In Philippines, Volcano Is Quieter, But Officials Renew Warnings For People To Leave | Connecticut Public Radio
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In Philippines, Volcano Is Quieter, But Officials Renew Warnings For People To Leave

Jan 15, 2020
Originally published on January 15, 2020 9:06 am

Updated at 6:10 a.m. ET

Mass evacuations continued Wednesday in the Philippines under the shadow of a volcanic plume that blotted out the sun and spread ash across much of the country's most populous island.

Since an initial eruption on Sunday, Taal Volcano — located on an island in the middle of a lake just 40 miles south of the capital, Manila, in Batangas province — has spewed ash, dust and noxious sulfur dioxide fumes, forcing tens of thousands of people to abandon their homes.

"It's all in God's hands now," Leonita Gonzales, 52, who fled with the rest of her household from the danger zone around Taal, told Reuters. "We are not sure if we will have a home to return to."

Ash covers Gonzales' land and has wiped out her banana palms. She says she's not sure whether the metal roof on her home can bear the weight of the accumulated ash.

Plumes of steam and gas are visible from across Taal Lake caldera on Wednesday.
Julie McCarthy / NPR

Christian Morales, who ignored official warnings and returned to the island where Taal is located to check on his pigs, told The Associated Press, "Almost everything is destroyed."

"If anybody defied orders and stayed behind, he would have been killed without a doubt," he said.

Gonzales and Morales are among nearly 44,000 people who have fled the 9-mile "danger zone" around the volcano, an area that is home to some half-million people.

In their rush to escape the eruption, many people had to abandon livestock and pets — and some, like Morales, have risked going back.

Dogs greet their owner as he returns to check his home at their volcanic ash-covered village in Talisay, Batangas province, on Wednesday.
Aaron Favila / AP

A group of volunteers has been trying to rescue pets and animals left behind by the evacuees. One volunteer, Kevin Villena, spoke with Rappler, a popular independent news website. For now, he says, they are only trying to get small animals, such as dogs and cats, out of danger.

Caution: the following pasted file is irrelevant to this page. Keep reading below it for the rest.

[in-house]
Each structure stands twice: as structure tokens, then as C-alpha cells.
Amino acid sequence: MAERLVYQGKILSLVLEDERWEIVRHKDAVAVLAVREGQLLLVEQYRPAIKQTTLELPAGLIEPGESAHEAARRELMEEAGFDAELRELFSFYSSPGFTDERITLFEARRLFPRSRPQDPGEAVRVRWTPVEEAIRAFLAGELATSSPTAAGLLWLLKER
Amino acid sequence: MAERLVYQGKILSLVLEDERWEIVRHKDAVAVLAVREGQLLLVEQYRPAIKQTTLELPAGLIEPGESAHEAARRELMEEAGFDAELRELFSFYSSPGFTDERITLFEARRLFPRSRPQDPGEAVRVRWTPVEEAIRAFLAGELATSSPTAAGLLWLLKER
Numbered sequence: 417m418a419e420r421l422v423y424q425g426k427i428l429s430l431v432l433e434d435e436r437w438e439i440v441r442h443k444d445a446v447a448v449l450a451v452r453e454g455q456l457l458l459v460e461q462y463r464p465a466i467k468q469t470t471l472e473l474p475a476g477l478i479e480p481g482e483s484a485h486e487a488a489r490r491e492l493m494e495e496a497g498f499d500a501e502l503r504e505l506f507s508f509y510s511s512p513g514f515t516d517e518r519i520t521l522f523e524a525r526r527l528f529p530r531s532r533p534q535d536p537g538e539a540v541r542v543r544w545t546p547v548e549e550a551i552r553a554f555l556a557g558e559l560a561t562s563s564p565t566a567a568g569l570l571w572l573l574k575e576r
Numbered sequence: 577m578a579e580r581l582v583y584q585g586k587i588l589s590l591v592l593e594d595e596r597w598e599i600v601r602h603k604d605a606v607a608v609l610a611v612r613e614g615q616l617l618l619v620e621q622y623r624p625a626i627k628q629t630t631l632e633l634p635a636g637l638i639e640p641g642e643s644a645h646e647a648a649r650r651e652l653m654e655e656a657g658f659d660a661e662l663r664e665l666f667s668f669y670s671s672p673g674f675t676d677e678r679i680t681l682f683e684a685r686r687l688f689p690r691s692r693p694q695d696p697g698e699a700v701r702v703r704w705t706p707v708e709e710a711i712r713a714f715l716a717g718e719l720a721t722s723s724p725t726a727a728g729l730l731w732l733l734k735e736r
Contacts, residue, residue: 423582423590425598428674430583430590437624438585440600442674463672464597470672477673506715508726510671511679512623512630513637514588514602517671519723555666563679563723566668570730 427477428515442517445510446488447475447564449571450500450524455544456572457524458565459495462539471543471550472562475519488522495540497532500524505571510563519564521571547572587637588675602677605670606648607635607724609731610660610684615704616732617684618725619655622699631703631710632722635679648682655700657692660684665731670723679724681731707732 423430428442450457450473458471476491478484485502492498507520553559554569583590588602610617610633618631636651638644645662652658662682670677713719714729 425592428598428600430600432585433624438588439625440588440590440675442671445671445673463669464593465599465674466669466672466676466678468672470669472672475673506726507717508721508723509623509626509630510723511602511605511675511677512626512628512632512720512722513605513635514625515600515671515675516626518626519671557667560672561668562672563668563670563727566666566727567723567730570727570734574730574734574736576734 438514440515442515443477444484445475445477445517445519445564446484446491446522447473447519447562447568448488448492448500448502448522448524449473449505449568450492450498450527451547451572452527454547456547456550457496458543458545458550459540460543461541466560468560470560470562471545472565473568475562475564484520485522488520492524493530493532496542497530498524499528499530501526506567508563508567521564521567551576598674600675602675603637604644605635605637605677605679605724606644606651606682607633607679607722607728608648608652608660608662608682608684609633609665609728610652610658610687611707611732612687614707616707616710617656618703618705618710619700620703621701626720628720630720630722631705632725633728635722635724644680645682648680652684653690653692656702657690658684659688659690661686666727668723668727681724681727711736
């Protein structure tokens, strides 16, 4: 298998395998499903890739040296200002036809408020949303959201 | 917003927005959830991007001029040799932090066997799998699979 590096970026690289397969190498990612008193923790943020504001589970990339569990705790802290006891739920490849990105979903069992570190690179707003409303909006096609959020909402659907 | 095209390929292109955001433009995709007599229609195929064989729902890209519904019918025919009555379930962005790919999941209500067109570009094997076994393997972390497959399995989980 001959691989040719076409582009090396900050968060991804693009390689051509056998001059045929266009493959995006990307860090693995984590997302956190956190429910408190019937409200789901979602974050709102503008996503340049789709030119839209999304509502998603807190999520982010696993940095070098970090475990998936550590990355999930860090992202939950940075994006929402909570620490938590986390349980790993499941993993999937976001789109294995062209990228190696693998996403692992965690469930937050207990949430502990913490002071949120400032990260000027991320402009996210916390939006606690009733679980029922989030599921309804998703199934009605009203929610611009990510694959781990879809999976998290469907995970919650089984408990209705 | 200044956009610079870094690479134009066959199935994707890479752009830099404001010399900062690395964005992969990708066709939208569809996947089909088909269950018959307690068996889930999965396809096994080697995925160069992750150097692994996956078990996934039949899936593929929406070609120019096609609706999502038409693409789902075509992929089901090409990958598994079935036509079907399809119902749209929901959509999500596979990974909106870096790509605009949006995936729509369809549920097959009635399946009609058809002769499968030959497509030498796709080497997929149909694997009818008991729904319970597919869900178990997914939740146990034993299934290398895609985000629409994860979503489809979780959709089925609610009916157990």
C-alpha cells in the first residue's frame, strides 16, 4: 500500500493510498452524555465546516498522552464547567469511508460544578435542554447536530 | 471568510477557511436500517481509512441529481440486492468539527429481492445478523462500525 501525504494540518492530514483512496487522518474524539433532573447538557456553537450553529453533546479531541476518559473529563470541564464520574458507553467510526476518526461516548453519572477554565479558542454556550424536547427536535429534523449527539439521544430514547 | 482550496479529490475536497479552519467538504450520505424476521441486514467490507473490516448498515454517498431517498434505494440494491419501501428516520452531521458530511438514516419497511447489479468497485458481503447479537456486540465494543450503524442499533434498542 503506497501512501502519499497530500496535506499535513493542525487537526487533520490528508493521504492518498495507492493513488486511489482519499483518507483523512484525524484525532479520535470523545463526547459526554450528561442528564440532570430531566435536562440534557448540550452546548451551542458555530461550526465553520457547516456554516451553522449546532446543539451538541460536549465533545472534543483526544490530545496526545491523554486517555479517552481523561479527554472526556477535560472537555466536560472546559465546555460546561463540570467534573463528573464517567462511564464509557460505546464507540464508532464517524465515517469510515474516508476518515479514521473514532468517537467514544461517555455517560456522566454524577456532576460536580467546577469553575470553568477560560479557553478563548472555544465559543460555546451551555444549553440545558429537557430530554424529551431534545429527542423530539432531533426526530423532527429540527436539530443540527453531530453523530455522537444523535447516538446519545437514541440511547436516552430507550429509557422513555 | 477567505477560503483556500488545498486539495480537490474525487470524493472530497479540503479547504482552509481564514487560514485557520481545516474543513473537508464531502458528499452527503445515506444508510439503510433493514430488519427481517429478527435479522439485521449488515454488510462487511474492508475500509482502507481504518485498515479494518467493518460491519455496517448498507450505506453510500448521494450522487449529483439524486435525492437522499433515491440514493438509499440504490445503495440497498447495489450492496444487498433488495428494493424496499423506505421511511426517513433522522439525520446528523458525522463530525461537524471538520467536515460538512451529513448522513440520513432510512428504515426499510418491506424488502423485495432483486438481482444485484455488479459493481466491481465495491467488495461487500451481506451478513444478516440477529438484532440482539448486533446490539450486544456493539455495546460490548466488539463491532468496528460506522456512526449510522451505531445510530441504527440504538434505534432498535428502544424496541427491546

"We left behind cows," Villena told the website. "We cannot haul them because they might get injured, and their owners will blame us."

He said it has been a challenge to catch the abandoned dogs.

"They are shivering in fear," he said, according to Rappler's translation.

"They're really thirsty and afraid," he said.

So far, no one has been reported killed, but many more are yet to be evacuated.

Animal volunteers search for pets left behind by owners at a deserted village in Talisay, Batangas province, on Wednesday.
Aaron Favila / AP

The director of the Philippine Institute of Volcanology and Seismology, Renato Solidum, says illegal settlements inside Taal's danger zone, which is also part of a protected national park, have been "an accident waiting to happen," adding that his agency has repeatedly warned people not to live there.

The institute said Wednesday that the volcano was displaying "generally weaker" activity, but it kept its alert level at 4 (out of 5), denoting that a "hazardous explosive eruption" is possible within hours or days. Some 466 tremors, which preceded Sunday's eruption and have continued since, are a constant reminder that Taal might have something bigger — and deadly — in store.

"For the past 24 hours, Taal Volcano's activity has been characterized by continuous but generally weaker of the main crater due to magmatic and hydrovolcanic processes," the institute said in its bulletin released at 8 a.m. local time (7 p.m. Tuesday ET).

Sunday's event was classified as a "phreatic," or steam-driven, eruption, but officials are concerned about the possibility of a worst-case "plinian eruption," marked by columns of volcanic debris, including large amounts of pumice and fast-moving and extremely dangerous pyroclastic flows.

The Philippine Institute of Volcanology and Seismology has noted several new fissures in the ground near the volcano, saying they could indicate that magma was rising underground and that another eruption was imminent.

"Such intense seismic activity probably signifies continuous magmatic intrusion beneath the Taal edifice, which may lead to further eruptive activity," the institute said.

Taal is located in hardest-hit Batangas province, which was declared to be under a "state of calamity" earlier this week, but on Wednesday, the adjacent province of Cavite approved a similar resolution, according to the Philippine Star.

The Philippines is situated in an area of increased seismic and volcanic activity known as the "Ring of Fire" that forms a rough circle around the Pacific Ocean where several tectonic plates come together.

Memories of the 1991 eruption of Mount Pinatubo, which killed hundreds of people and blanketed large swaths of the country in thick ash, have been on officials' minds since Sunday's eruption.

"The worst-case scenario is that the volcano will blow up like Mount Pinatubo. That's what we're fearing," Defense Secretary Delfin Lorenzana said Monday.

Taal is one of the world's smaller active volcanoes, measuring just 1,020 feet. It last erupted in 1977. Another eruption, in 1965, killed more than 200, and one in 1911 killed an as many as 1,500 people.

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